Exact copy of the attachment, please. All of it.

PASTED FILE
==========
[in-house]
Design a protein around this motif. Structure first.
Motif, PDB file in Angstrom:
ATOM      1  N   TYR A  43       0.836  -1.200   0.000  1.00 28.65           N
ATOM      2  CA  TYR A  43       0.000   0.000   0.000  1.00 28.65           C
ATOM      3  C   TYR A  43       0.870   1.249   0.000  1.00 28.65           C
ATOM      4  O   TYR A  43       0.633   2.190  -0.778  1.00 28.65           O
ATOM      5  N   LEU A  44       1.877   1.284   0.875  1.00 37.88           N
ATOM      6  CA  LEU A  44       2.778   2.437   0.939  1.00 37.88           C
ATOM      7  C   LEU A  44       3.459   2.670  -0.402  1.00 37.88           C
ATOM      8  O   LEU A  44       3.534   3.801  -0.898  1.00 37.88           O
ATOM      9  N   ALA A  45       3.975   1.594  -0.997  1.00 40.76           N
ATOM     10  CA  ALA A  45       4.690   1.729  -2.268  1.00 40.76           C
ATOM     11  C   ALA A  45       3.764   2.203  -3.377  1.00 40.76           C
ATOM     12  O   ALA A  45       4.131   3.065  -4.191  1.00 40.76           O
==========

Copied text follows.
[in-house]
Design a protein around this motif. Structure first.
Motif, PDB file in Angstrom:
ATOM      1  N   TYR A  43       0.836  -1.200   0.000  1.00 28.65           N
ATOM      2  CA  TYR A  43       0.000   0.000   0.000  1.00 28.65           C
ATOM      3  C   TYR A  43       0.870   1.249   0.000  1.00 28.65           C
ATOM      4  O   TYR A  43       0.633   2.190  -0.778  1.00 28.65           O
ATOM      5  N   LEU A  44       1.877   1.284   0.875  1.00 37.88           N
ATOM      6  CA  LEU A  44       2.778   2.437   0.939  1.00 37.88           C
ATOM      7  C   LEU A  44       3.459   2.670  -0.402  1.00 37.88           C
ATOM      8  O   LEU A  44       3.534   3.801  -0.898  1.00 37.88           O
ATOM      9  N   ALA A  45       3.975   1.594  -0.997  1.00 40.76           N
ATOM     10  CA  ALA A  45       4.690   1.729  -2.268  1.00 40.76           C
ATOM     11  C   ALA A  45       3.764   2.203  -3.377  1.00 40.76           C
ATOM     12  O   ALA A  45       4.131   3.065  -4.191  1.00 40.76           O